Essay about A Biography of Josephine Baker

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A Biography of Josephine Baker

Josephine Baker was born Freda Josephine MacDonald in St. Louis, Missouri to her unwed parents: Carrie McDonald and Eddie Carson. Her father soon left the family and Josephine had to help her mother support herself and her three younger half-siblings. At age eight, she got a job working as a maid for a white family (Robinson). At age 12, she had dropped out of school to work. By age 14, she had moved out, been married, and separated from her first husband. She would later go onto marry and divorce three more men. Never was she financially dependent on any man, including her husbands.

Her stage career began in 1919 in the United States when she toured with The Jones Family Band and
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In 1936, Josephine attempted a return to the United States to star in the Ziegfield Follies. Due to the still prevalent racism in the United States, she was greeted with negative reviews. Americans were not yet ready to embrace a black woman as sophisticated and powerful, despite her success in Europe (About).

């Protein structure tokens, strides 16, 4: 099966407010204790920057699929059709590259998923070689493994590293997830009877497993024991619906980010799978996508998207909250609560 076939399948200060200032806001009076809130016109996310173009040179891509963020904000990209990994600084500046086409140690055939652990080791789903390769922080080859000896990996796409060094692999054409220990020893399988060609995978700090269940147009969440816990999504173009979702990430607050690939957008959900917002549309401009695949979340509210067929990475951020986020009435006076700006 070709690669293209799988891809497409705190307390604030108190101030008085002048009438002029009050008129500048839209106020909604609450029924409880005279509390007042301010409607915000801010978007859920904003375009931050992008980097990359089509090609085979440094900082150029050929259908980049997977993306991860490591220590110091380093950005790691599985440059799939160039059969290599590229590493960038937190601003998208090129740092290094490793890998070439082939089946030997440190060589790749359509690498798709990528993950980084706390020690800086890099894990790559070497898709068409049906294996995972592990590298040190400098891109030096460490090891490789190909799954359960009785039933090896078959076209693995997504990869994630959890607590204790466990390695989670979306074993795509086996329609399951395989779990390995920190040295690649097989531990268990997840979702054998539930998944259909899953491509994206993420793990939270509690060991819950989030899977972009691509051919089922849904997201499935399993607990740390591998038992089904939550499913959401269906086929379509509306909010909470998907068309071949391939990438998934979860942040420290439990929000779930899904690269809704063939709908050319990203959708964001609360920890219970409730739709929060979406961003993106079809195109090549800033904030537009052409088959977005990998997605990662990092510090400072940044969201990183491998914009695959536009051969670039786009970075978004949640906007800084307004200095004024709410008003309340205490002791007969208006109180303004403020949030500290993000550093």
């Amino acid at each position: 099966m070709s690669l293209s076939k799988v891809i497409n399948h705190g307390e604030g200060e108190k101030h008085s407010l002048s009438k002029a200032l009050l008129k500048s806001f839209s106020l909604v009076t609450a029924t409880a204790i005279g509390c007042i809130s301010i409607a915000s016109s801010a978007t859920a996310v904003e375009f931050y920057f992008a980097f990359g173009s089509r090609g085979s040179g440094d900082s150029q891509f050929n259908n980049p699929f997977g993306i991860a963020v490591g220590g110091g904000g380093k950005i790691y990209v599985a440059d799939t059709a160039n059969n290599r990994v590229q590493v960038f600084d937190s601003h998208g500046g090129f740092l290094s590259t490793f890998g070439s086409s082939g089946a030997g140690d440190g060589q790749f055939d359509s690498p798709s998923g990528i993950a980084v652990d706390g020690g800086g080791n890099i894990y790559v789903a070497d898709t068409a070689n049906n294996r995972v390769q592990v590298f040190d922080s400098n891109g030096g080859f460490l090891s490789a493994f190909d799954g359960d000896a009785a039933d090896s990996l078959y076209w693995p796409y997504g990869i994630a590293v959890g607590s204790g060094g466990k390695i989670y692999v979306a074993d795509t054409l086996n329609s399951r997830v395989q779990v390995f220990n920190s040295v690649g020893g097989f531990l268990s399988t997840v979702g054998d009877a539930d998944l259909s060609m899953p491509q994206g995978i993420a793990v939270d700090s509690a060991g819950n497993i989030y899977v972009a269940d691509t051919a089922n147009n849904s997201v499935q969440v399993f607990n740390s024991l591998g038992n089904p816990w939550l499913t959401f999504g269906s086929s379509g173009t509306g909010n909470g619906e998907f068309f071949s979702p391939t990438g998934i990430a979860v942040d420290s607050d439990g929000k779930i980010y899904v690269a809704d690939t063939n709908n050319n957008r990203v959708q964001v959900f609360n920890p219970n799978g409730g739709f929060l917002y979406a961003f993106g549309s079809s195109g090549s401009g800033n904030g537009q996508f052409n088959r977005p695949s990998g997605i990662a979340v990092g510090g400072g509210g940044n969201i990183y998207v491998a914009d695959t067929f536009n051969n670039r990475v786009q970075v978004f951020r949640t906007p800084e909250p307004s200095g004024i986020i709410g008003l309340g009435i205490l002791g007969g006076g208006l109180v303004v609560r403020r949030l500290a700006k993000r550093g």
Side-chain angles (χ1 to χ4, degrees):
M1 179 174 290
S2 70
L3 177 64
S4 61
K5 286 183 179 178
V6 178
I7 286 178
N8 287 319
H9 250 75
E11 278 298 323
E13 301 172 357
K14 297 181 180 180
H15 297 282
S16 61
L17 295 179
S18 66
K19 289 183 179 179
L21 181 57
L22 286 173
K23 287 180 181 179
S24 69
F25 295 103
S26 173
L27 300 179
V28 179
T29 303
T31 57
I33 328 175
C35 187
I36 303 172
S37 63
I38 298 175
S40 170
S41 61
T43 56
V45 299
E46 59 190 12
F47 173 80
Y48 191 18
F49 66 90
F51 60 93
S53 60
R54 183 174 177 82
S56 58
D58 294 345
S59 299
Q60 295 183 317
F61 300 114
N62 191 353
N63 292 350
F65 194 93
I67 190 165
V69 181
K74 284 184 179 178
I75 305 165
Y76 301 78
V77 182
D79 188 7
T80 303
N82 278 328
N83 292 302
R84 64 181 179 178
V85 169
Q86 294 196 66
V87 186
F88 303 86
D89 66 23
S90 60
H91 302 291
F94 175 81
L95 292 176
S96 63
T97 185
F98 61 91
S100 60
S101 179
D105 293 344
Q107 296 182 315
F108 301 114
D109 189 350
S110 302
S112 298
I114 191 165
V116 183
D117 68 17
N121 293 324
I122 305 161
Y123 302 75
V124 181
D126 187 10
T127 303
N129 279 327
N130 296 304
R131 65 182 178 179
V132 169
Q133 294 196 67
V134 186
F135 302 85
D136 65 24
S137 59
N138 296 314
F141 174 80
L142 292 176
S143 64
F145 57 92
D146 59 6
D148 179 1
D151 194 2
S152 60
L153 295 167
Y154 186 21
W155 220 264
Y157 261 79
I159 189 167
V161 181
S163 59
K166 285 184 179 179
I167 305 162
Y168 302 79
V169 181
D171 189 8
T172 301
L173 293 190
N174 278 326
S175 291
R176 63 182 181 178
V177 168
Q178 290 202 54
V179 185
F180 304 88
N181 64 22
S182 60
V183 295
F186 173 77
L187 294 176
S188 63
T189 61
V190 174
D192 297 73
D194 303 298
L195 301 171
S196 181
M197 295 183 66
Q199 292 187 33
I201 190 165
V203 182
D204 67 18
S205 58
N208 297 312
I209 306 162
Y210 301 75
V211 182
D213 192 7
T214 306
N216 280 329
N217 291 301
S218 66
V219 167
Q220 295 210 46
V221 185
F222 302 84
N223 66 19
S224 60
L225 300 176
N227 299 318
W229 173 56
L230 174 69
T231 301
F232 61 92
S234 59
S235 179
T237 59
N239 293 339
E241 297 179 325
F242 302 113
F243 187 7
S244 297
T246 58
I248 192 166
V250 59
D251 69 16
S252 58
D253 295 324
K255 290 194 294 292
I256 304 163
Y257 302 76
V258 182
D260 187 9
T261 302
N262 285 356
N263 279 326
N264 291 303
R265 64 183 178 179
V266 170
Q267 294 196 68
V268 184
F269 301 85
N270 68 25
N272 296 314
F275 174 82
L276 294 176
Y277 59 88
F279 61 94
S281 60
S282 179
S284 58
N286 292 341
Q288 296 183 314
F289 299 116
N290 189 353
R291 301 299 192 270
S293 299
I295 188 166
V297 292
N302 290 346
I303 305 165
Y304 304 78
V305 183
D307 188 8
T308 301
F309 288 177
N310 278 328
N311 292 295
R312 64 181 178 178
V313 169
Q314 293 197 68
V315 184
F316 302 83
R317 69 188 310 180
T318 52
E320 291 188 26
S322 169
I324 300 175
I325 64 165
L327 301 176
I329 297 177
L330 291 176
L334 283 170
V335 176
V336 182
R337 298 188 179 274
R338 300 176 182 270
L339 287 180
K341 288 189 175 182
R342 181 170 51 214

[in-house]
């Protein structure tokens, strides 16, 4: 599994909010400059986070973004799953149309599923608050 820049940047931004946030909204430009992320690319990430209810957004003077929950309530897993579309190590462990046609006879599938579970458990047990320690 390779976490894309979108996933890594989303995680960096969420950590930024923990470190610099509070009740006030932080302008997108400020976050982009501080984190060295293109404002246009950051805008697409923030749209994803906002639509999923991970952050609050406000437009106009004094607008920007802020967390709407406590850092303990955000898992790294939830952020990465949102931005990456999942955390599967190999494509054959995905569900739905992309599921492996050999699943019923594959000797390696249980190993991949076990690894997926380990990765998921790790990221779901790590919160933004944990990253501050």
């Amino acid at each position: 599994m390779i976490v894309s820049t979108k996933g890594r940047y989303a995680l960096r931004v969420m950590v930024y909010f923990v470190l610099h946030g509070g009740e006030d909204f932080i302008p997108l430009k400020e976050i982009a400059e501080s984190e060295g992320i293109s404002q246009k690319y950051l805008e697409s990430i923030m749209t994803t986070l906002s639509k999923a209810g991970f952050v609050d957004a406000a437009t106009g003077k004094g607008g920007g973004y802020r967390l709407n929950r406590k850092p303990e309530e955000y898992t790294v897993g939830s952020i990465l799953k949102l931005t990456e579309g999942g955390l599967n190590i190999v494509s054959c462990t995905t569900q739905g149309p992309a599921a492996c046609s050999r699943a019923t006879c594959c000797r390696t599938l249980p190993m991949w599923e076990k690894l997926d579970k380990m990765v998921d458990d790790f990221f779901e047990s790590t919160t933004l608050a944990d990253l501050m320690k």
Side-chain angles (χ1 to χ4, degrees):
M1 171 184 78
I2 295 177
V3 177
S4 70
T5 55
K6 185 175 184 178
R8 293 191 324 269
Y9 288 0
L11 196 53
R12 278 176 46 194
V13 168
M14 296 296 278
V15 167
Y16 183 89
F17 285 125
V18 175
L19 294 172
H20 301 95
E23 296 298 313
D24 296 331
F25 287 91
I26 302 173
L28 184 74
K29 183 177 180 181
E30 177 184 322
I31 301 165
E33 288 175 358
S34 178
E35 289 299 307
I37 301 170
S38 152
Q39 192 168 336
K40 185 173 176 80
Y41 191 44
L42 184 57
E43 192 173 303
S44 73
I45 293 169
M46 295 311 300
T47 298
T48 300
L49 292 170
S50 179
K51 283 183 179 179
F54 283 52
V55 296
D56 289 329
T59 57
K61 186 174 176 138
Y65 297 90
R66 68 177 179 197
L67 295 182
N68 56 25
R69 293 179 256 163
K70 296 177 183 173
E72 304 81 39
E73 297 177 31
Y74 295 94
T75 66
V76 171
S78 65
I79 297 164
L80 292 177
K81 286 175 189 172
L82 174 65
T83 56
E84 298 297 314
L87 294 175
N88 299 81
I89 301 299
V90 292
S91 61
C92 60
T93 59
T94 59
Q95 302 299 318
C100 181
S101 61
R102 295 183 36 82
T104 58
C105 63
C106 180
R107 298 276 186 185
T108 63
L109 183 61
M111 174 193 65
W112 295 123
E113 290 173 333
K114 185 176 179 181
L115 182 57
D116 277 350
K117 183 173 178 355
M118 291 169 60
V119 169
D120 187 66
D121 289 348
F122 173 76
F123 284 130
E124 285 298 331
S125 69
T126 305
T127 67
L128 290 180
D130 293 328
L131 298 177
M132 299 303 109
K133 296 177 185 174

Just a few years later, World War II spread across Europe. Josephine helped out France in every way she could: performing for troops, being an honorable correspondent for the French Resistance (smuggling secret messages), and serving as a sub-lieutenant in the Women’s Auxiliary Air Force (About). For her efforts, she was later awarded the Medal of the Resistance with Rosette and dubbed a Chevalier of the Legion of Honor by the French government.

In the 50s and 60s, Josephine returned to the United States to help fight racism. She refused to perform in any club or theatre that was not integrated (Lewis). This resulted in the breaking of the color bar in many establishments, especially in Las Vegas. May 20 was named Josephine Baker day by the NAACP for her efforts. Part of her fight against racism came in the form of the “Rainbow Tribe.” She adopted 12 children to demonstrate that “children of different ethnicities and religions could still be brothers” (About). The children would sometimes
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